NATIONAL NEWS - The Press Freedom Commission will hand over its report and recommendations on the best possible regulatory system for the media in South Africa at a function in Johannesburg on Wednesday.
The commission received around 200 submissions in its "listening to South Africa" campaign in January and February in which it heard overviews, complaints and suggestions on media regulation.
The hearings came in the midst of proceedings in Parliament to pass the Protection of State Information Bill, which many perceive to be a censorship tool in the making.
During the countrywide hearings, headed by retired chief justice Pius Langa, various alternatives to the current Press Ombudsman system were suggested.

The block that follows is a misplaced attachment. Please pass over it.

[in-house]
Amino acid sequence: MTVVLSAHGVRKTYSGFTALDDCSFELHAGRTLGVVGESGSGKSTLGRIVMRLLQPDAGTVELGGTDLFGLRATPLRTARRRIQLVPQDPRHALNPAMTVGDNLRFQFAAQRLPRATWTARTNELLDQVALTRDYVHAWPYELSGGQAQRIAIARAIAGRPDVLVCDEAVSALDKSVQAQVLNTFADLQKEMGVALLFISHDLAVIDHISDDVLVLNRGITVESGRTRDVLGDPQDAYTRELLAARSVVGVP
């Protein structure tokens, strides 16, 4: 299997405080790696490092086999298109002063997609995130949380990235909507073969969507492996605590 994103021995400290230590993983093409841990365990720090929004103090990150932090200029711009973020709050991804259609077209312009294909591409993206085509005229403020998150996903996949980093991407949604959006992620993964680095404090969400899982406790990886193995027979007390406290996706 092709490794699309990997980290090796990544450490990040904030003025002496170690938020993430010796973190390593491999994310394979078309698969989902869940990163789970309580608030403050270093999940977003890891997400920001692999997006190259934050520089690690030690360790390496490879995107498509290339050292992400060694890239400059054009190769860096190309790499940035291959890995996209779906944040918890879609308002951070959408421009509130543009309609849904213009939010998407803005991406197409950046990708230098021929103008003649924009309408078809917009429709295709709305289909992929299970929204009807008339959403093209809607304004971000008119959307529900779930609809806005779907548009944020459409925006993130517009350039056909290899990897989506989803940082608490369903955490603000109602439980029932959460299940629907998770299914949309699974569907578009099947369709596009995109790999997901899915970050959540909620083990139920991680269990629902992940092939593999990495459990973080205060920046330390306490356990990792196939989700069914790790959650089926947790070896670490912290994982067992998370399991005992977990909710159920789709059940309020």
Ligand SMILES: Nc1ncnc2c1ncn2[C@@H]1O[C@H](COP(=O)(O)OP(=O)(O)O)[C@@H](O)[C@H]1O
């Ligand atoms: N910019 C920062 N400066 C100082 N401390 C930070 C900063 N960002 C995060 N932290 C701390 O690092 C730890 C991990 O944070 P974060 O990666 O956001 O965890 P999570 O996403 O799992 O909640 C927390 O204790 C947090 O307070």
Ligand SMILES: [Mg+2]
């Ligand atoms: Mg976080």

Former editor of The Star, Moegsien Williams, proposed that the Press Council should impose a "space fine" on errant newspapers by prescribing how much space they should set aside for an apology.
The African National Congress called the Press Council and Press Ombudsman ineffective and reiterated their view that an independent media appeals tribunal was the most effective way to regulate print media.
Financial Mail editor Barney Mthombothi pointed out that the "vexing" problem of plagiarism was not sufficiently defined or dealt with in the Press Code.
The Inkatha Freedom Party suggested that an independent super body funded by government regulate the press and impose penalties where required.
The concentration of print media ownership was raised as a concern by the Congress of SA Trade Unions.
It said 95 percent of press circulation was controlled by just three companies.
The report would be handed to Print Media SA and the SA National Editors Forum, which initiated the commission in June 2011.